Tennis centres and coaches have the important role to understand the benefits that tennis has on the health and wellbeing, the holistic elements that surround that such as cognitive, affective and lifestyle elements by providing both an environment for psychological and physical development.
Process orientated goal setting with players can be one way in which to do this both short, medium and long term (Lloyd et al., 2016). For example, at the start of the term, players who attend regular coaching but play a lower volume of tennis can set simple process goals which can be written down and reviewed at the end of each term. This may be just one technical, tactical, mental or physical goal. Where, more detailed goals may be set with players who have higher training volumes focusing on developing several areas, alongside setting outcome goals.
The language in which coach’s use is also very important. The aim is to use language which creates an environment to promote a growth mindset and embrace challenging scenarios. This may be praising the strategy that students have come up after you have observed a technical area to develop or to reinforce the positive of being unable to perform a task, for example:“I like the way you worked out how to get more top spin on the ball from that position, what did you do?”
or “Great work keeping your shoulders back during that deadlift, how did you work out to do that?”or
“I really like how you maintained focus throughout today’s session and really worked on the theme of our session”or
“You can’t quite manage that power clean technique yet, let’s just work on that start position and it will come.” Within longer term planning setting out sessions where the players are the ‘teachers and coaches” can be one way to develop the feelings of autonomy to facilitate learning. This could be a week where players are given a challenge such as setting up an injury reduction circuit or planning the week’s lessons linked to the current theme in the mesocycle. This will help create a motivational climate which players can embrace.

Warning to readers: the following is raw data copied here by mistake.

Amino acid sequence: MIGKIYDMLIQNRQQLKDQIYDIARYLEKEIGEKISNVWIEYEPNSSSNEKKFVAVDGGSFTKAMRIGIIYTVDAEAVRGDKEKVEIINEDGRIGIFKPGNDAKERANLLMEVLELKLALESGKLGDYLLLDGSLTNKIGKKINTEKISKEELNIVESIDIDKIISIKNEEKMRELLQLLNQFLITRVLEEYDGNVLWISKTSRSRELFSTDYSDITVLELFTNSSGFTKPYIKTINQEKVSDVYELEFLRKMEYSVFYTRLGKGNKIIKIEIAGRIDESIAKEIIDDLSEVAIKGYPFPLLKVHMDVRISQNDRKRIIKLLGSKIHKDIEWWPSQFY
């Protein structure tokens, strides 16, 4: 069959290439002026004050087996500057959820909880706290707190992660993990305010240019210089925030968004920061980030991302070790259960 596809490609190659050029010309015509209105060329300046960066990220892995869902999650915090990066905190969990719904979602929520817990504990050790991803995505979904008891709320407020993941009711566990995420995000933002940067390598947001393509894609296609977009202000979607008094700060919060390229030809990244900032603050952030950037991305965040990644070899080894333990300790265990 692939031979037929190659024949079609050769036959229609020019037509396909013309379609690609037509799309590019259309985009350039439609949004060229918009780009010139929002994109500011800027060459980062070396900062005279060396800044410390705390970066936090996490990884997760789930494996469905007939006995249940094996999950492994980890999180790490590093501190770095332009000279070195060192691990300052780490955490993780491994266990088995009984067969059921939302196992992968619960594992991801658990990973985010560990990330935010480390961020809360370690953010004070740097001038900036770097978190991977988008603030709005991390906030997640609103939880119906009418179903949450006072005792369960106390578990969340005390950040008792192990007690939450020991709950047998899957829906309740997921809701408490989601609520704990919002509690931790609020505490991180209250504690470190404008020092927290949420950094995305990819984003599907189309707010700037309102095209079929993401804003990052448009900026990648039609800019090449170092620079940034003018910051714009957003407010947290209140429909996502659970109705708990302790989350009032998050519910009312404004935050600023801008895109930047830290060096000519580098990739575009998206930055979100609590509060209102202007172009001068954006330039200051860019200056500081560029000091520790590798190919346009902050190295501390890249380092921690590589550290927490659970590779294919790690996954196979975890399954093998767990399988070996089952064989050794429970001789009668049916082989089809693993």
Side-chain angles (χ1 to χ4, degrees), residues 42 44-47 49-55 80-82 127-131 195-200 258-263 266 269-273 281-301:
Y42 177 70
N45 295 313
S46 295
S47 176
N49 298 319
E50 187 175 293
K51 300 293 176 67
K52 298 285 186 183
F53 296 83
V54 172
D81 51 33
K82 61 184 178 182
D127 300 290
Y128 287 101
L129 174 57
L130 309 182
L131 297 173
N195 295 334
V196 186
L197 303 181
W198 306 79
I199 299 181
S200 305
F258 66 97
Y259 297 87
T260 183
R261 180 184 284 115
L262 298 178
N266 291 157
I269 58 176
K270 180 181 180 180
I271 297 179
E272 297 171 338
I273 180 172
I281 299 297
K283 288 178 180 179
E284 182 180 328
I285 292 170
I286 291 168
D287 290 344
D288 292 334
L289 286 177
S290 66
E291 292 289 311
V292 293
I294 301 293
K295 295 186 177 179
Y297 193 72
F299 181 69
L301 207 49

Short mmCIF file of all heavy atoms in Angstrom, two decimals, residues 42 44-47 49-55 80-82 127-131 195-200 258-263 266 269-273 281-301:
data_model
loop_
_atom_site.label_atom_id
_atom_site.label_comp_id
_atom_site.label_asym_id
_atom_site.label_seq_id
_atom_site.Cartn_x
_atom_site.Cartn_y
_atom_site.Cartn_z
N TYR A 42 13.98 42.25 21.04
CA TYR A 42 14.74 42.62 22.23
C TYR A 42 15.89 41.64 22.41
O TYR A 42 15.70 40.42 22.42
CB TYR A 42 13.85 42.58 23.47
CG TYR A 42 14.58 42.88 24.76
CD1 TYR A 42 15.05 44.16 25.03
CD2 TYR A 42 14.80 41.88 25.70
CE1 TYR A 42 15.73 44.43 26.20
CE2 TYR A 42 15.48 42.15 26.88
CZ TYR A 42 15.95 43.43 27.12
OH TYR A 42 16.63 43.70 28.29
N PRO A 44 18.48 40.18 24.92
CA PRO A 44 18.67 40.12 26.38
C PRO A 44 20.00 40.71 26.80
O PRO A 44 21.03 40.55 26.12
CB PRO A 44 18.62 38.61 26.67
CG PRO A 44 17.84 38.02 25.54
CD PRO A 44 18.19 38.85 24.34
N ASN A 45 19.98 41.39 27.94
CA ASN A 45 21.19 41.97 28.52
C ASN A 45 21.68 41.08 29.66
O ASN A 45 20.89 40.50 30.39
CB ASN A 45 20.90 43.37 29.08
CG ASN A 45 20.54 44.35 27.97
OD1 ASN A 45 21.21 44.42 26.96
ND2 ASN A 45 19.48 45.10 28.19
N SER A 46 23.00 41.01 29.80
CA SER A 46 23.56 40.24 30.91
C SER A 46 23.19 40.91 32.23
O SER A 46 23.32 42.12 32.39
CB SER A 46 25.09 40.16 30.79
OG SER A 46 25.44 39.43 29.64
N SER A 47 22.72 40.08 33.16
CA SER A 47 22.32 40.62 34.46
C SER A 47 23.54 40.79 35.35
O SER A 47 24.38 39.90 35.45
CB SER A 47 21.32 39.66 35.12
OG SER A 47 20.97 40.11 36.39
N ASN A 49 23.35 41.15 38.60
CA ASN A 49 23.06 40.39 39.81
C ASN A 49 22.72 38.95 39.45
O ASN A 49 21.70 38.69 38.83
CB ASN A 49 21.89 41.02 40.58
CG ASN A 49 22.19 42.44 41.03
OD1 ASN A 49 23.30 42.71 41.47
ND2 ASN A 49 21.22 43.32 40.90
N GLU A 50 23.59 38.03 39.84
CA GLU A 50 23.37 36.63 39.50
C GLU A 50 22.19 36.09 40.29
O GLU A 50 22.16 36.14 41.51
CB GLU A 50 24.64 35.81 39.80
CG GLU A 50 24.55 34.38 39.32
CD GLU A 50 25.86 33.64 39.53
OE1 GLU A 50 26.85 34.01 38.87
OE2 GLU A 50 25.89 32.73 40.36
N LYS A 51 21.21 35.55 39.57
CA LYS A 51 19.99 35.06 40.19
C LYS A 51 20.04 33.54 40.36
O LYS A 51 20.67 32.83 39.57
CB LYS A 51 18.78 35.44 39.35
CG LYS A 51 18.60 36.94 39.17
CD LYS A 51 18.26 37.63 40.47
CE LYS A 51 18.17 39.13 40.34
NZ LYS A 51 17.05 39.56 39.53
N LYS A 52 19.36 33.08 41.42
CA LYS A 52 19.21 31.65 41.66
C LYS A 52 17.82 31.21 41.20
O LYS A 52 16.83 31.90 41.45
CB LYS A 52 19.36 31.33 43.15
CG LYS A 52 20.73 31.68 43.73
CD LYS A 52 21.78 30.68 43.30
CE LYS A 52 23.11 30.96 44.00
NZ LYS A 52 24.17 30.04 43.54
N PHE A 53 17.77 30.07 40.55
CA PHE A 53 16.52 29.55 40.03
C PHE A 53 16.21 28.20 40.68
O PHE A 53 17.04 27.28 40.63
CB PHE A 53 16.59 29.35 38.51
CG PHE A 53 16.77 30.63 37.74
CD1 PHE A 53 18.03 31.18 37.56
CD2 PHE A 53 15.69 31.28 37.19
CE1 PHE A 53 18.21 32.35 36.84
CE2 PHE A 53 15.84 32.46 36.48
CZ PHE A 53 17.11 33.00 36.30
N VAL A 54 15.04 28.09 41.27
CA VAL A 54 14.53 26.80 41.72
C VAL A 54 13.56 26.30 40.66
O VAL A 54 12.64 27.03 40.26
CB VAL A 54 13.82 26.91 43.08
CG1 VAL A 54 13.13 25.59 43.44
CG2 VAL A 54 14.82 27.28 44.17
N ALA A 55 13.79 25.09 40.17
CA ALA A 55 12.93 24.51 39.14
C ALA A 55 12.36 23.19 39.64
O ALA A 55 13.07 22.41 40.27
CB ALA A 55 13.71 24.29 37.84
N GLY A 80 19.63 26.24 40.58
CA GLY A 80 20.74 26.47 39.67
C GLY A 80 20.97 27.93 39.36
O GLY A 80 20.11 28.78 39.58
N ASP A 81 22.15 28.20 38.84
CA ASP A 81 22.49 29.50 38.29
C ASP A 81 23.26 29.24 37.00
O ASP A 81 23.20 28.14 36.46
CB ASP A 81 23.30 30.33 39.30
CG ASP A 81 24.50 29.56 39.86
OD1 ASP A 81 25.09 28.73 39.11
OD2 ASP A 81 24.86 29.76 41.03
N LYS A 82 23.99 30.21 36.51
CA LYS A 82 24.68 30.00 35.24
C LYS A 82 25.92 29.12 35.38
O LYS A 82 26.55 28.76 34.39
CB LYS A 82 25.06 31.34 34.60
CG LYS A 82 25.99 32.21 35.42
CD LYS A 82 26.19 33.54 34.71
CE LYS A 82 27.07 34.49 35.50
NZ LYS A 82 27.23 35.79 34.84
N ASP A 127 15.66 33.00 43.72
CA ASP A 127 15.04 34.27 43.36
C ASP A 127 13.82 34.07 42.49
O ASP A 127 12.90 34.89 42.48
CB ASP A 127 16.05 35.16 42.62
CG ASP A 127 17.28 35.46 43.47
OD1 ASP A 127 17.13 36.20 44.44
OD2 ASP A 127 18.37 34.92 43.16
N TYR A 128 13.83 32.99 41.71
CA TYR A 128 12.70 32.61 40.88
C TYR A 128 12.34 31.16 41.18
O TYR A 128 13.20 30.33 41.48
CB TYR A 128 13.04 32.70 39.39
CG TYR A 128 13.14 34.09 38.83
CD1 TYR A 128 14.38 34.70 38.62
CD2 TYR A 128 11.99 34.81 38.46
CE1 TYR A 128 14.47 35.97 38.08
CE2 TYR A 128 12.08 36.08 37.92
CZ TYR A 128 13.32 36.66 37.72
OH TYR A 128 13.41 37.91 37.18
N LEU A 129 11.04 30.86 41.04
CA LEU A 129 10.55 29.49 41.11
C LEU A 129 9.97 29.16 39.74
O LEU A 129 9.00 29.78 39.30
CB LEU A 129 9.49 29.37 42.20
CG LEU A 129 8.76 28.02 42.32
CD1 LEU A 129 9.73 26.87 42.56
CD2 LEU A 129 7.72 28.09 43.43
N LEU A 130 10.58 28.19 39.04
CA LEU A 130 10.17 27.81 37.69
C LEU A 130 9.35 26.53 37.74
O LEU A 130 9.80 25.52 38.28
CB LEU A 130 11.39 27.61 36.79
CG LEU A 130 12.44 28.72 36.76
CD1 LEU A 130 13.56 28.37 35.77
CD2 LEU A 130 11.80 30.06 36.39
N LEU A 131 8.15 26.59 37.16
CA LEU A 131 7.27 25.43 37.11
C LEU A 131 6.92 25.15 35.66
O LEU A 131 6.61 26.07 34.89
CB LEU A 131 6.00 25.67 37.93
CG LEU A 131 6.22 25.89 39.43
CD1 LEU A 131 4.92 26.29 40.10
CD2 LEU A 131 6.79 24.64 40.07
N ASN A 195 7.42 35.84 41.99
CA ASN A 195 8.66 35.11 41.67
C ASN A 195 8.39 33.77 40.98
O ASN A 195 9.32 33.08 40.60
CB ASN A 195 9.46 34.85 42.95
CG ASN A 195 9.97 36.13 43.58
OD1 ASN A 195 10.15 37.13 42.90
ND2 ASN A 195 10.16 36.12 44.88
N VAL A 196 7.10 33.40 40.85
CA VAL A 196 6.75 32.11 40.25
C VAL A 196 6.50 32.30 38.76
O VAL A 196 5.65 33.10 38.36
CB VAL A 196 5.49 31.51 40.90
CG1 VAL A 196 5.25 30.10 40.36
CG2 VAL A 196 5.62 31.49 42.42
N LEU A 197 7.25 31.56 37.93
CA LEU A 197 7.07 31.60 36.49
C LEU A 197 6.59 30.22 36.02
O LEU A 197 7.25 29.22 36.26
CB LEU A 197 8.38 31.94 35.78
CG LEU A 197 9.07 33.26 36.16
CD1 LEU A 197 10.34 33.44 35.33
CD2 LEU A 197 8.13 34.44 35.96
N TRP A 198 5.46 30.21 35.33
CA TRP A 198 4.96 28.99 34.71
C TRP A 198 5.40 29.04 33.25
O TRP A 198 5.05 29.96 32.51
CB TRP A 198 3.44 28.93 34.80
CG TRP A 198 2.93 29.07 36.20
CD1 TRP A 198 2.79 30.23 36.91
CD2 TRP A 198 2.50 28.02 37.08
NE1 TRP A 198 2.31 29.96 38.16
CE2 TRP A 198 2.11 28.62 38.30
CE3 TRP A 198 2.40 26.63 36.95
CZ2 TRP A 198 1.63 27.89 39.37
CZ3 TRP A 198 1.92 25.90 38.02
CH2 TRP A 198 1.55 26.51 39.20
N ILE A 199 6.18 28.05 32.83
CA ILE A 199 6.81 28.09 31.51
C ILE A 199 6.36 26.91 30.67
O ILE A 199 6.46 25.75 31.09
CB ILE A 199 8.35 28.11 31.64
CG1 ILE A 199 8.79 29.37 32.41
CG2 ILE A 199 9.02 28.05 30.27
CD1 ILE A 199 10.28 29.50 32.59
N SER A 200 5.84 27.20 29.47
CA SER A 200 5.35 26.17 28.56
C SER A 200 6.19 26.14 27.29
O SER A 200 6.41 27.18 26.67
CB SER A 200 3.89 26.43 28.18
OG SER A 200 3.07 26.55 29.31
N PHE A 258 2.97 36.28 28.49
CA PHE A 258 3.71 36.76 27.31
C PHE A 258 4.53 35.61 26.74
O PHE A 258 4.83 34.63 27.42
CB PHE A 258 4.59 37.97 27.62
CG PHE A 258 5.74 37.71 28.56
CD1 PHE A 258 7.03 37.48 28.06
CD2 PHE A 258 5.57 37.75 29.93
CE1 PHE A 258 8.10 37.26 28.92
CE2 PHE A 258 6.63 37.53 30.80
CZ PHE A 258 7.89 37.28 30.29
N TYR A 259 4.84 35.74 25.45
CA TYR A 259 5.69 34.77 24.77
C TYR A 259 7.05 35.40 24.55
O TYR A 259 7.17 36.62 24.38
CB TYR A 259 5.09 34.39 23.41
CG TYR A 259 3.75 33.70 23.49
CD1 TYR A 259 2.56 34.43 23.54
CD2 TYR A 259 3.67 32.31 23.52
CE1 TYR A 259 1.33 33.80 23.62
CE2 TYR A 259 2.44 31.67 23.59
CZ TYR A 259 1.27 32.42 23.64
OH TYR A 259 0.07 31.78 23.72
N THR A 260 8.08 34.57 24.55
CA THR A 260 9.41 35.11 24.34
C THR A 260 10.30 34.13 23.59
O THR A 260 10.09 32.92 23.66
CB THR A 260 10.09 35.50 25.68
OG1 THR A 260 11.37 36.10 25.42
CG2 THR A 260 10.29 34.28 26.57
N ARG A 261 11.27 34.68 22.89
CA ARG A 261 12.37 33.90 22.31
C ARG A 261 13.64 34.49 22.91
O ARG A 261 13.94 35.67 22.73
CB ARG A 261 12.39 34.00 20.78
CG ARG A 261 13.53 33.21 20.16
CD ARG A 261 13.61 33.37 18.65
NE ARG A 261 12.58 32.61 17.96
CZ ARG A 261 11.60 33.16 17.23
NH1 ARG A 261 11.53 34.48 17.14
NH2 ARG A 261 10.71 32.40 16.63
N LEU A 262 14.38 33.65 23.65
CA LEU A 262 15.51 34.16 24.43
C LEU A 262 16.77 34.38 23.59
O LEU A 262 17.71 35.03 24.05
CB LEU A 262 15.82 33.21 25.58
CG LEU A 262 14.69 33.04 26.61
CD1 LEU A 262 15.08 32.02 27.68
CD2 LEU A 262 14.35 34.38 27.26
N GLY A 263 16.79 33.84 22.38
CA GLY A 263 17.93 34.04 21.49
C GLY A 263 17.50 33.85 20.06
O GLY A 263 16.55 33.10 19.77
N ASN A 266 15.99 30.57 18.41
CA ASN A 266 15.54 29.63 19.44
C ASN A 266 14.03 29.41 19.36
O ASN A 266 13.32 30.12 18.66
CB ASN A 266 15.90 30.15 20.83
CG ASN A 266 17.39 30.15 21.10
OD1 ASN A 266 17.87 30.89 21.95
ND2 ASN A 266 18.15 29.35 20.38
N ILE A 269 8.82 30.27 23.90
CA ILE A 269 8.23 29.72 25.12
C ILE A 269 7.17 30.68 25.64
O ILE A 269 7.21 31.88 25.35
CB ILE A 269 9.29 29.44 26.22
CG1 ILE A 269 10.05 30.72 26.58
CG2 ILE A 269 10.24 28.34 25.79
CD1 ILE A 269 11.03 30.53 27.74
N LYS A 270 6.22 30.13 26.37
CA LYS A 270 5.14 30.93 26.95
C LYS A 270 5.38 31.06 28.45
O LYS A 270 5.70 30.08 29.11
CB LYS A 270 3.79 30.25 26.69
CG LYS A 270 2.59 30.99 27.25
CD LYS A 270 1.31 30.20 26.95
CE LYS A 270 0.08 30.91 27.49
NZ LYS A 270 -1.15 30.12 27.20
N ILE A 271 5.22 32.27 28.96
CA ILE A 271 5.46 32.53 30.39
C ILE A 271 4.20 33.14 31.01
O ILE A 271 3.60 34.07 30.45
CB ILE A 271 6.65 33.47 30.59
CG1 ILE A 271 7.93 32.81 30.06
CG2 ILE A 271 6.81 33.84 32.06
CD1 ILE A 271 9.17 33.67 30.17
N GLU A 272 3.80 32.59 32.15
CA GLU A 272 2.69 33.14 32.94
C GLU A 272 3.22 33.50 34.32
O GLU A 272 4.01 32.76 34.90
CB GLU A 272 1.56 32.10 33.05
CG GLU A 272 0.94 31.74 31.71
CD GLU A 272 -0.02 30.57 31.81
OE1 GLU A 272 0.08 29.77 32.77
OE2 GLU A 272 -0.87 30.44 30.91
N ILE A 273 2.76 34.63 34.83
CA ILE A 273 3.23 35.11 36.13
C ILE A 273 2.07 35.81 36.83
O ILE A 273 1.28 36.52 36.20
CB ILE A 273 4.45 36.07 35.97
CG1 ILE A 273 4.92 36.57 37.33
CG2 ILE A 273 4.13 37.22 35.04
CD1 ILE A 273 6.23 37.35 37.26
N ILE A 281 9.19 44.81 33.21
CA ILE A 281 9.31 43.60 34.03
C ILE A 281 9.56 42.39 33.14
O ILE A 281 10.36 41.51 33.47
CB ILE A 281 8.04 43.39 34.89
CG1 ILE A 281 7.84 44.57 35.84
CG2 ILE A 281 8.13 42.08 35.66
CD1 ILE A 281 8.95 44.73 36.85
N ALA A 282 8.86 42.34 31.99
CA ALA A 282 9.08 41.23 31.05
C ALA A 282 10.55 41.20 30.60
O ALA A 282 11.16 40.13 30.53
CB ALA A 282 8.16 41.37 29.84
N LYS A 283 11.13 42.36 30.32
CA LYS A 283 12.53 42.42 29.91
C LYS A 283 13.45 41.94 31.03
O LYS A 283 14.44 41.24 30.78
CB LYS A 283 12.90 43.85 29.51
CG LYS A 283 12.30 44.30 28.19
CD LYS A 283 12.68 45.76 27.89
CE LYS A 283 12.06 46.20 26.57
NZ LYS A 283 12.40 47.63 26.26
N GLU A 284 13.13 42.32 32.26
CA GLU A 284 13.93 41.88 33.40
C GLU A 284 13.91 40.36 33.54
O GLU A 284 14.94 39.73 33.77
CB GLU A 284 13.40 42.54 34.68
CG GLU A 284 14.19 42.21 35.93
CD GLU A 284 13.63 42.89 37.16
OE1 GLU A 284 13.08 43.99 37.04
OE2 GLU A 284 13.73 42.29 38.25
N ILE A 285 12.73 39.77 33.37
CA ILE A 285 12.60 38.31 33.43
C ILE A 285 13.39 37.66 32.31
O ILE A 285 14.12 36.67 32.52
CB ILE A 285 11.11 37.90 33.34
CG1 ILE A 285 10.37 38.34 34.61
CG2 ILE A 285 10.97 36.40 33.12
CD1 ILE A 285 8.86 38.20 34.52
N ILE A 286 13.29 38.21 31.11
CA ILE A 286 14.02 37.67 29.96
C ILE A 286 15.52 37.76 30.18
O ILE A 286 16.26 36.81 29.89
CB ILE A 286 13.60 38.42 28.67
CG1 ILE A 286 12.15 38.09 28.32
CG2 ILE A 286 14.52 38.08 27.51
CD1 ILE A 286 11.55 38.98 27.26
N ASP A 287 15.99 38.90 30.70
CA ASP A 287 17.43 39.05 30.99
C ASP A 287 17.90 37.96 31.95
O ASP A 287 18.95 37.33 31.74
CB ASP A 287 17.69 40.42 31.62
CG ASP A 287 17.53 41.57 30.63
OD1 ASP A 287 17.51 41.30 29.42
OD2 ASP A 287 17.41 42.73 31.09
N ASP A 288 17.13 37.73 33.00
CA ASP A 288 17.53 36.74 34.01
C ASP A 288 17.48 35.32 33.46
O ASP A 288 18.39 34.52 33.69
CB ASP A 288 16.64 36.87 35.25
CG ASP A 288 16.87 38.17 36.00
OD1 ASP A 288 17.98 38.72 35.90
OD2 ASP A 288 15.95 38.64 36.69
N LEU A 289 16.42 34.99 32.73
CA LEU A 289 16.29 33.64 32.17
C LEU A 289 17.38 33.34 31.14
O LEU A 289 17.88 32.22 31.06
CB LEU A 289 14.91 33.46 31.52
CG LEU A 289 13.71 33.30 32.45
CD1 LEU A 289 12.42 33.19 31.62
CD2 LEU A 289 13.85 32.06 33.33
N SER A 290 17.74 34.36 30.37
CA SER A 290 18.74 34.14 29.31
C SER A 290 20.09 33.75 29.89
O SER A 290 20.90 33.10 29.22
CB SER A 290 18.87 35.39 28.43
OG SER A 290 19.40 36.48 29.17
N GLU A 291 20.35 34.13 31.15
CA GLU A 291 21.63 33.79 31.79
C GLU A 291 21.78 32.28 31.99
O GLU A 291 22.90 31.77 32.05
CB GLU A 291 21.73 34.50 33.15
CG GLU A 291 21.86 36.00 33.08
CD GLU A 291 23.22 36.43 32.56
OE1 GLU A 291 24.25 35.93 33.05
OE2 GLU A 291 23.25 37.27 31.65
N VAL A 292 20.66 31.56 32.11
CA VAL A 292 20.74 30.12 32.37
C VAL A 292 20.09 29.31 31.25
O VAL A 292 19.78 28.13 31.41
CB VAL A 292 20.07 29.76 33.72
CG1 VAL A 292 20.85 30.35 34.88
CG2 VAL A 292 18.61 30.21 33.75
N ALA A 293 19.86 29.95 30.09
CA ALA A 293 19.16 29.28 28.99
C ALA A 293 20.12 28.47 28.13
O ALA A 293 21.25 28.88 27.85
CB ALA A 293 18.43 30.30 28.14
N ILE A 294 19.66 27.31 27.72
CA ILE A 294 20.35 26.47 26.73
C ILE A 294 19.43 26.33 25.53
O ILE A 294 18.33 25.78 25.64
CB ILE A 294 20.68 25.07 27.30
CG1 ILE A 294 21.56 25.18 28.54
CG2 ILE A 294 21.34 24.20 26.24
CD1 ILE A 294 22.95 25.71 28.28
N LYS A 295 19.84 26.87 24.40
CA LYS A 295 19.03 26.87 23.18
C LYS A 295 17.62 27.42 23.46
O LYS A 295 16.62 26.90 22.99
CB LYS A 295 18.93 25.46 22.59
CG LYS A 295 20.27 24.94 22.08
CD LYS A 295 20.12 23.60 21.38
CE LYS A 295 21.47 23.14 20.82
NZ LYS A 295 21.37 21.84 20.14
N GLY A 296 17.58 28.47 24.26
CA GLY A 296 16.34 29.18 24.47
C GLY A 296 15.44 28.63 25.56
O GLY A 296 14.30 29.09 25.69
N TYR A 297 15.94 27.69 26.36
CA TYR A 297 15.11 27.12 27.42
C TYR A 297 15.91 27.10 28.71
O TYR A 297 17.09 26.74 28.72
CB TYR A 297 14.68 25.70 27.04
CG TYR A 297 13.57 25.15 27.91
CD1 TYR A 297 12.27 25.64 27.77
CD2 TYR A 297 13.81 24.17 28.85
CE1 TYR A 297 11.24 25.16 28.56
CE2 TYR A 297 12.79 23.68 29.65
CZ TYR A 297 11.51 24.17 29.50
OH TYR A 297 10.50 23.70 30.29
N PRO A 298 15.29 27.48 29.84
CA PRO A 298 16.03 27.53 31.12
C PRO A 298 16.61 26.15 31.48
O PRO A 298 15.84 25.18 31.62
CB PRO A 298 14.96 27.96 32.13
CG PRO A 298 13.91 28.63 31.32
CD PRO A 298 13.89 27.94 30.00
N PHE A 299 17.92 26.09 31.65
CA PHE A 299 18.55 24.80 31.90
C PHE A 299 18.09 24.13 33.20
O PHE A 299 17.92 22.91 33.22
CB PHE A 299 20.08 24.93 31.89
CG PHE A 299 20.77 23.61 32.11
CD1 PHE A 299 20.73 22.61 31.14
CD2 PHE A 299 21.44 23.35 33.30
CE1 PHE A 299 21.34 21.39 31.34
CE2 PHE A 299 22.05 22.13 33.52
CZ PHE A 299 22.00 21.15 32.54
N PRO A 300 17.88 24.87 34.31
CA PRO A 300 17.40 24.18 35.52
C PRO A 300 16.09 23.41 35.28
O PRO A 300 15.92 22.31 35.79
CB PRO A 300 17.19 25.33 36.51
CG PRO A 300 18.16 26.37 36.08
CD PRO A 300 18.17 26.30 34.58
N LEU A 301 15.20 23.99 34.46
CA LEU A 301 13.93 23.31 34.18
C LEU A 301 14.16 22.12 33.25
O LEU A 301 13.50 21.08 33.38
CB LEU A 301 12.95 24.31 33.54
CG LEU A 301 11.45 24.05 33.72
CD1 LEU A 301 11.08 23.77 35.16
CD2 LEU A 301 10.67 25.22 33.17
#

Longer term planning may involve the organisation of sport science workshops such as nutritional and mental skills workshops being incorporated within programs to support player’s development. This can either be done through workshop or online mediums and may be scheduled monthly (Figure 1). Workshops should first promote the health and wellbeing of young people such as how the mental skills or nutritional information will help players throughout their lives (such as what is healthy eating) to more performance related strategies for players competing regularly in the sport. Some workshops can be open to all players and parents, where others may be more tailor made to different target groups. As mentioned above this requires well-structured macro and mesocycles with tennis managers, coaches and the sport science team supporting the tennis centre.
Part one of this blog was to consider the evidence of LTAD and how this can be implemented within tennis centres with focus on motor skill and strength development, alongside the vision that tennis centres can be used as hubs to promote health and wellbeing to young people every day and longer term level. Part two will focus on other considerations including “embracing the teaching “and “monitoring/assessment tools for young players.
Faigenbaum, A.(2017). Resistance exercise of youth: survival of the strongest. Paediatric Exercise Science, 29(1), 14-18.
Ford, P., De Ste Croxi, M., Lloyd, R., Meyers, R., Moosavi, M., Oliver, J., Till, C. and Williams, C. (2016).The long term athlete development model: physiological evidence and application. Journal of Sport Sciences, 29(4), 389-402.
Lloyd, R., Cronin, J., Faigenbaum, A.D., Haff, G., Gregory, H., Kraemer, W.J., Micheli, J.l., …Oliver, J. (2016). National Strength and Conditioning Association position statement on long-term athletic development. Journal of Strength and Conditioning Research, 30 (6), 1491-1509.